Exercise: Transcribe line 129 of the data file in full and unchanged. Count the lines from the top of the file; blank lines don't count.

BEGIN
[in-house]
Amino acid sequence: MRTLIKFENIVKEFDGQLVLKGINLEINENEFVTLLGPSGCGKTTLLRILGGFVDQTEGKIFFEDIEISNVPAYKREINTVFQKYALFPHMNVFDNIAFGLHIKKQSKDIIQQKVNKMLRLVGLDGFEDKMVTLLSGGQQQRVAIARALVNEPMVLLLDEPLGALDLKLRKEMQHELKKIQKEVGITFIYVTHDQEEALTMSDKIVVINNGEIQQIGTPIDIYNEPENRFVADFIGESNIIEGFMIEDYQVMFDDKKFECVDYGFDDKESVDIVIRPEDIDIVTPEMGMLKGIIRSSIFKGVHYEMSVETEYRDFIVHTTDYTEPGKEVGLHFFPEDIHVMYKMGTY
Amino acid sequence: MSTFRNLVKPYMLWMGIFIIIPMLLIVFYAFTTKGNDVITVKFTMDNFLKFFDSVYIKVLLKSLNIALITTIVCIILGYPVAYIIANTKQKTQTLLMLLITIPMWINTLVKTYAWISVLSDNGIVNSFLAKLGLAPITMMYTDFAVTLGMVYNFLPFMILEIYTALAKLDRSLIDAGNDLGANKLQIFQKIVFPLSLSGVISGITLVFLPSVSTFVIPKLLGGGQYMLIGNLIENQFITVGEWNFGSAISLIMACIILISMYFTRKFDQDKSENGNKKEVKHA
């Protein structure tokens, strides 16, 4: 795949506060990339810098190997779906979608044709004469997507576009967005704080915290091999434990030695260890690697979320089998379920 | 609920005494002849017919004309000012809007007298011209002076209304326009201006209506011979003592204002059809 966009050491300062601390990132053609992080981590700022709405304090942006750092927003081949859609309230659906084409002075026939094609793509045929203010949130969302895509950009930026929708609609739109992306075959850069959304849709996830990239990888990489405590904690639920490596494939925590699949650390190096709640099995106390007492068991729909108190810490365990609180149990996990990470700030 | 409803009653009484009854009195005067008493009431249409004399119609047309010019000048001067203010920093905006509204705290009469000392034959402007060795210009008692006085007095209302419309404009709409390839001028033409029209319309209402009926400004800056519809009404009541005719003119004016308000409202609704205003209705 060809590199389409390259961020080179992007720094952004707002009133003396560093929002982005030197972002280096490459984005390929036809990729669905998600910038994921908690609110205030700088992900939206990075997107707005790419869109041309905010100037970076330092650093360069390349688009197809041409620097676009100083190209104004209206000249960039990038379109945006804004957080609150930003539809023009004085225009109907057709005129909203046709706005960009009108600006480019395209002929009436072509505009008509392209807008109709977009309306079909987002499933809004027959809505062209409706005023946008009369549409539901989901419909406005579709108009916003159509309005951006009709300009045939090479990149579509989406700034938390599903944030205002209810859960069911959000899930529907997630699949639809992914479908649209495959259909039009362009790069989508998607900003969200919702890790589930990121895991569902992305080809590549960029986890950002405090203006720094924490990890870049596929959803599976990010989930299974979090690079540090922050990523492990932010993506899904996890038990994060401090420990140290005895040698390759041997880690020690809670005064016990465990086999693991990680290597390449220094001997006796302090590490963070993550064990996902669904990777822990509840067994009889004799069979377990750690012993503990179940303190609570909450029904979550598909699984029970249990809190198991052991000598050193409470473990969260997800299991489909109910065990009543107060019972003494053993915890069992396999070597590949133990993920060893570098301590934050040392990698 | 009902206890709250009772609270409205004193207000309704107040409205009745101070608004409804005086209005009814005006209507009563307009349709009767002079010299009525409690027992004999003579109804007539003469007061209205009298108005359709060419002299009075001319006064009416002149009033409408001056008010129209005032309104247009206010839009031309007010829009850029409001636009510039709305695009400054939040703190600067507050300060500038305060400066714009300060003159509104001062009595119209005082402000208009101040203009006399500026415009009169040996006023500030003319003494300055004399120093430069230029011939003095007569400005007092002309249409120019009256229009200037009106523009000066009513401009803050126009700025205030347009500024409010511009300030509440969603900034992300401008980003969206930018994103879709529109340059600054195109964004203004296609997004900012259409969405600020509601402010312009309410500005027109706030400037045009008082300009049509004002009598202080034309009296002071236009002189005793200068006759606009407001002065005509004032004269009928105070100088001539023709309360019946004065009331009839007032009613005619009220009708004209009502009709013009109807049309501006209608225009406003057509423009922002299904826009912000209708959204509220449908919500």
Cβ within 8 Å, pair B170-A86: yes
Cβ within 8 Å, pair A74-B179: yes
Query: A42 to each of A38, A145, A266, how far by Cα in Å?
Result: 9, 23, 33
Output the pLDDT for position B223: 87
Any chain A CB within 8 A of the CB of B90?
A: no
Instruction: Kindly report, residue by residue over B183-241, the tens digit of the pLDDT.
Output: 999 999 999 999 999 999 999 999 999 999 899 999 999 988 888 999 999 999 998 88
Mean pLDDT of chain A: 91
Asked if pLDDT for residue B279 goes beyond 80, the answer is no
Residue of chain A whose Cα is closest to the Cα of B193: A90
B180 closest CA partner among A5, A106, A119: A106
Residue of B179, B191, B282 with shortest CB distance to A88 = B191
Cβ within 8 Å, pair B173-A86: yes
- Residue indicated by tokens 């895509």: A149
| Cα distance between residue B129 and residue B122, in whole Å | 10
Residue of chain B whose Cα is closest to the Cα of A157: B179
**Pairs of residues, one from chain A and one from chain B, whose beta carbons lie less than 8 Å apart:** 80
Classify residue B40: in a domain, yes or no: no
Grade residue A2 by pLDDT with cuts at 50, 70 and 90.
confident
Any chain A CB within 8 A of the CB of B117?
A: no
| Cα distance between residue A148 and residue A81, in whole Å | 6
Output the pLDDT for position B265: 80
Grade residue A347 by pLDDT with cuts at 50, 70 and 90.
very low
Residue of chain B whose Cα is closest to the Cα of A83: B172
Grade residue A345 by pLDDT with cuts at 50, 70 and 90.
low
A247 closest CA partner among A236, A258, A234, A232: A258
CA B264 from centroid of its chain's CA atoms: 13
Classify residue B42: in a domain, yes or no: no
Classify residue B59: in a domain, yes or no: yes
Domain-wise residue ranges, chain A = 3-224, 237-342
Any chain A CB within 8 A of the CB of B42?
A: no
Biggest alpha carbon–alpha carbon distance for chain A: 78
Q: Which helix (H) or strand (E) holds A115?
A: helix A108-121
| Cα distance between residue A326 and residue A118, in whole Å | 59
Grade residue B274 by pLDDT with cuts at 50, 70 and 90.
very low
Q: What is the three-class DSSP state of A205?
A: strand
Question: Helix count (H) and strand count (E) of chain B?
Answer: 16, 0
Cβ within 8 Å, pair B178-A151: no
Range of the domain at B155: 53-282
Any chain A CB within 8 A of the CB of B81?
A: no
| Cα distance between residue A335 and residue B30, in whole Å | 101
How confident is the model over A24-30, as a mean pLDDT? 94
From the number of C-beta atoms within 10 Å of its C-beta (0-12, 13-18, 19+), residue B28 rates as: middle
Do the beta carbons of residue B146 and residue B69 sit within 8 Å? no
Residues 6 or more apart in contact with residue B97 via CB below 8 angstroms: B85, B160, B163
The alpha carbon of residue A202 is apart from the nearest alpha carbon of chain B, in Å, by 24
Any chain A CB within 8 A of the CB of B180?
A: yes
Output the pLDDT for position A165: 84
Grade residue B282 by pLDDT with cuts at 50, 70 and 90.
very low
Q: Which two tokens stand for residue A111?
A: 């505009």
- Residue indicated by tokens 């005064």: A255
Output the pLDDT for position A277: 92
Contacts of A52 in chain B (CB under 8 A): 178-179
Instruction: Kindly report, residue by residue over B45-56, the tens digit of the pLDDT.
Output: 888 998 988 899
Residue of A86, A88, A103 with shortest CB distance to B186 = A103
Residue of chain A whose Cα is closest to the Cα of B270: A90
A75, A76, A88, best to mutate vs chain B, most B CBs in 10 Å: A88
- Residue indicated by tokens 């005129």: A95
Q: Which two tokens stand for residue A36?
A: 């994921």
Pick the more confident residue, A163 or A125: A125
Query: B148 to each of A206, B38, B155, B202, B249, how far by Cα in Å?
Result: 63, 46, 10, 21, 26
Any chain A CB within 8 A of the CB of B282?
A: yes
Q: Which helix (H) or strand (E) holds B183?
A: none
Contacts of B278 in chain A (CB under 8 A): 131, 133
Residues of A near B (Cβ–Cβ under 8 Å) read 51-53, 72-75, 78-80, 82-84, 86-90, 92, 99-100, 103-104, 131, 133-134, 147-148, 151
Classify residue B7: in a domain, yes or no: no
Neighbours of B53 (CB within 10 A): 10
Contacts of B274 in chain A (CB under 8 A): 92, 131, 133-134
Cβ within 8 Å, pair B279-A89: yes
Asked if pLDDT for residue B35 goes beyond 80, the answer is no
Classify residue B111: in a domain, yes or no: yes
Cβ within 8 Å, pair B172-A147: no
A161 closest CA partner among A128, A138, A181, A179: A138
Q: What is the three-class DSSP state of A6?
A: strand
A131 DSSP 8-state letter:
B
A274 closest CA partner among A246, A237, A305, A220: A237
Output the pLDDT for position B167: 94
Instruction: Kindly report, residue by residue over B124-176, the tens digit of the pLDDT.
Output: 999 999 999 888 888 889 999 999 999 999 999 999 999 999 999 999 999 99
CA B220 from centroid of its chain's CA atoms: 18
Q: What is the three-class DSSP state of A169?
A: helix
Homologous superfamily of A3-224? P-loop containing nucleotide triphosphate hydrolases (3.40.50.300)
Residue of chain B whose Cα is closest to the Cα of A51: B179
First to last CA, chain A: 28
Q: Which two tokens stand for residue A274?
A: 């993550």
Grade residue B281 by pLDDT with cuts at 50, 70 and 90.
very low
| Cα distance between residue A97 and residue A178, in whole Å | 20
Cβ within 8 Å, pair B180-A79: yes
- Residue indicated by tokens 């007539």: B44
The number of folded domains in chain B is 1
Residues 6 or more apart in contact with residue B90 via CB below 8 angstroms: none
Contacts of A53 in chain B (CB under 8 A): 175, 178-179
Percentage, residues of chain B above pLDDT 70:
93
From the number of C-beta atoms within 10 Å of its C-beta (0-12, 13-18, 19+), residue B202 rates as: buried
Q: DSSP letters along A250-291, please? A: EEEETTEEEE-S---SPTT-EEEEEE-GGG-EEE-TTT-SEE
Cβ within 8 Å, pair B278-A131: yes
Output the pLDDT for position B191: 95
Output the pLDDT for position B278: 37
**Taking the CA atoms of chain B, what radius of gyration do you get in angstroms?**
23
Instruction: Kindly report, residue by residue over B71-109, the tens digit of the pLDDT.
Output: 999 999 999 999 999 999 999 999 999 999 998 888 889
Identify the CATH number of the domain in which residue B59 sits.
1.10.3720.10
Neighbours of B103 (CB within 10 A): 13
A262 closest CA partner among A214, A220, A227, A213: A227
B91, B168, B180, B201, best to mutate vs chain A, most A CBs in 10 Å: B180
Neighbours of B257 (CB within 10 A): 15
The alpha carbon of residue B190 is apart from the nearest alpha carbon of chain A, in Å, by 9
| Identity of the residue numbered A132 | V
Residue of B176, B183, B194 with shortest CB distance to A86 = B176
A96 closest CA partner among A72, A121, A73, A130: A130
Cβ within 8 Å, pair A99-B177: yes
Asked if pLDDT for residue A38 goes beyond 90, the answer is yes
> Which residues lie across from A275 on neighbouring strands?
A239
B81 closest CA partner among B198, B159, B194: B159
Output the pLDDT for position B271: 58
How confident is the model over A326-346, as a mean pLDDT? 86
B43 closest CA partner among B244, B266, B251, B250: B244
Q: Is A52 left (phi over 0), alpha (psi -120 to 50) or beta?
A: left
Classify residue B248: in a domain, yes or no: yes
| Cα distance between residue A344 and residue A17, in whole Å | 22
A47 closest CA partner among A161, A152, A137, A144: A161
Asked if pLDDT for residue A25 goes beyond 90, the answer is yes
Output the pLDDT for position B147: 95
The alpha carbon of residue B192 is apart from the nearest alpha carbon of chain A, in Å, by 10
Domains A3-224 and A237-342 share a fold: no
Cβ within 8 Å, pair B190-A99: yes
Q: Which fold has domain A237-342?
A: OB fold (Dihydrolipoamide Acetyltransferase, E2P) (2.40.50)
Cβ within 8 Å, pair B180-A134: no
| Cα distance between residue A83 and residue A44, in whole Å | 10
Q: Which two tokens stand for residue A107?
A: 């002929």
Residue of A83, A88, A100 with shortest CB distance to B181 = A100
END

**Taking the CA atoms of chain B, what radius of gyration do you get in angstroms?**